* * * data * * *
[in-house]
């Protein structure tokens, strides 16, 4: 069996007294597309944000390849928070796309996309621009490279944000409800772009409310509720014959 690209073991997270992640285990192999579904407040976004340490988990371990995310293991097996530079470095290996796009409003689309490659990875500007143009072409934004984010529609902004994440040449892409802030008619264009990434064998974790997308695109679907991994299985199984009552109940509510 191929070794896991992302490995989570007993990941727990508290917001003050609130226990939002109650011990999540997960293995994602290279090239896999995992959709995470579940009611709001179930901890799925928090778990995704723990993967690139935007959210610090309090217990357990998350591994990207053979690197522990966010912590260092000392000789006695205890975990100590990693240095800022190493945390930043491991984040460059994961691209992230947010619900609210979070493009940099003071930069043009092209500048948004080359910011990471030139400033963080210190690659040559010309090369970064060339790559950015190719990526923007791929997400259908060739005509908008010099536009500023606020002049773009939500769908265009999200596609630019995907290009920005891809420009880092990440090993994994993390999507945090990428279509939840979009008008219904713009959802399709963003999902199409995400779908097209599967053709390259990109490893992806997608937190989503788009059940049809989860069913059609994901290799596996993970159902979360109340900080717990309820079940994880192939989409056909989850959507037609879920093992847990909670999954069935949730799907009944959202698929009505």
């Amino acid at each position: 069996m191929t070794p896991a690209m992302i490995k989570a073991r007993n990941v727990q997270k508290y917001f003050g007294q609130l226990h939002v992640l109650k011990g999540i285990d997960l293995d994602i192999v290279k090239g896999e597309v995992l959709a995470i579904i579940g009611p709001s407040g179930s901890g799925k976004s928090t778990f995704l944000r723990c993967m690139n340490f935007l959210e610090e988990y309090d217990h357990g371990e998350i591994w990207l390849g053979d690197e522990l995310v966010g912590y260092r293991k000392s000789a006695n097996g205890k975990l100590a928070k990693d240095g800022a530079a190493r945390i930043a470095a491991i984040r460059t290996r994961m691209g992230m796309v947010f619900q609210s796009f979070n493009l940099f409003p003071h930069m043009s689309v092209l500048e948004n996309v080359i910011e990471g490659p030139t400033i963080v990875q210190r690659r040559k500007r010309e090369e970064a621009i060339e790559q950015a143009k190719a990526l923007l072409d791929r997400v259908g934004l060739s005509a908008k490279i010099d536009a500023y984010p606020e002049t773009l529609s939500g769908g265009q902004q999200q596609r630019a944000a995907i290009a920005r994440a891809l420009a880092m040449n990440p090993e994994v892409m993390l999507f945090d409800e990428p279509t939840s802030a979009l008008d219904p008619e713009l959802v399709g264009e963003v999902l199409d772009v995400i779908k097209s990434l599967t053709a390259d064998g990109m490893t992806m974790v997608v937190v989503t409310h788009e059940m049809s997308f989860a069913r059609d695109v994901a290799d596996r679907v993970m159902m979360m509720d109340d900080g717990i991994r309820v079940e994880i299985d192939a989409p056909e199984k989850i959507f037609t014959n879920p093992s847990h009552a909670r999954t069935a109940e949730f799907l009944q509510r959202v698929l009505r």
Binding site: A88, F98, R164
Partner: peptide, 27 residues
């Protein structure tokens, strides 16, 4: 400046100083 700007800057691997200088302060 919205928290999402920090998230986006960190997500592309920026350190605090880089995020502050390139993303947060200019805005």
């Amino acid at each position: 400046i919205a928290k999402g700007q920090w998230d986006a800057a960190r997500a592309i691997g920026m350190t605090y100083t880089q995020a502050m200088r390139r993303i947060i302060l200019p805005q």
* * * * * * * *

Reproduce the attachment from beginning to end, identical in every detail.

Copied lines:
[in-house]
């Protein structure tokens, strides 16, 4: 069996007294597309944000390849928070796309996309621009490279944000409800772009409310509720014959 690209073991997270992640285990192999579904407040976004340490988990371990995310293991097996530079470095290996796009409003689309490659990875500007143009072409934004984010529609902004994440040449892409802030008619264009990434064998974790997308695109679907991994299985199984009552109940509510 191929070794896991992302490995989570007993990941727990508290917001003050609130226990939002109650011990999540997960293995994602290279090239896999995992959709995470579940009611709001179930901890799925928090778990995704723990993967690139935007959210610090309090217990357990998350591994990207053979690197522990966010912590260092000392000789006695205890975990100590990693240095800022190493945390930043491991984040460059994961691209992230947010619900609210979070493009940099003071930069043009092209500048948004080359910011990471030139400033963080210190690659040559010309090369970064060339790559950015190719990526923007791929997400259908060739005509908008010099536009500023606020002049773009939500769908265009999200596609630019995907290009920005891809420009880092990440090993994994993390999507945090990428279509939840979009008008219904713009959802399709963003999902199409995400779908097209599967053709390259990109490893992806997608937190989503788009059940049809989860069913059609994901290799596996993970159902979360109340900080717990309820079940994880192939989409056909989850959507037609879920093992847990909670999954069935949730799907009944959202698929009505």
């Amino acid at each position: 069996m191929t070794p896991a690209m992302i490995k989570a073991r007993n990941v727990q997270k508290y917001f003050g007294q609130l226990h939002v992640l109650k011990g999540i285990d997960l293995d994602i192999v290279k090239g896999e597309v995992l959709a995470i579904i579940g009611p709001s407040g179930s901890g799925k976004s928090t778990f995704l944000r723990c993967m690139n340490f935007l959210e610090e988990y309090d217990h357990g371990e998350i591994w990207l390849g053979d690197e522990l995310v966010g912590y260092r293991k000392s000789a006695n097996g205890k975990l100590a928070k990693d240095g800022a530079a190493r945390i930043a470095a491991i984040r460059t290996r994961m691209g992230m796309v947010f619900q609210s796009f979070n493009l940099f409003p003071h930069m043009s689309v092209l500048e948004n996309v080359i910011e990471g490659p030139t400033i963080v990875q210190r690659r040559k500007r010309e090369e970064a621009i060339e790559q950015a143009k190719a990526l923007l072409d791929r997400v259908g934004l060739s005509a908008k490279i010099d536009a500023y984010p606020e002049t773009l529609s939500g769908g265009q902004q999200q596609r630019a944000a995907i290009a920005r994440a891809l420009a880092m040449n990440p090993e994994v892409m993390l999507f945090d409800e990428p279509t939840s802030a979009l008008d219904p008619e713009l959802v399709g264009e963003v999902l199409d772009v995400i779908k097209s990434l599967t053709a390259d064998g990109m490893t992806m974790v997608v937190v989503t409310h788009e059940m049809s997308f989860a069913r059609d695109v994901a290799d596996r679907v993970m159902m979360m509720d109340d900080g717990i991994r309820v079940e994880i299985d192939a989409p056909e199984k989850i959507f037609t014959n879920p093992s847990h009552a909670r999954t069935a109940e949730f799907l009944q509510r959202v698929l009505r």
Binding site: A88, F98, R164
Partner: peptide, 27 residues
């Protein structure tokens, strides 16, 4: 400046100083 700007800057691997200088302060 919205928290999402920090998230986006960190997500592309920026350190605090880089995020502050390139993303947060200019805005």
């Amino acid at each position: 400046i919205a928290k999402g700007q920090w998230d986006a800057a960190r997500a592309i691997g920026m350190t605090y100083t880089q995020a502050m200088r390139r993303i947060i302060l200019p805005q």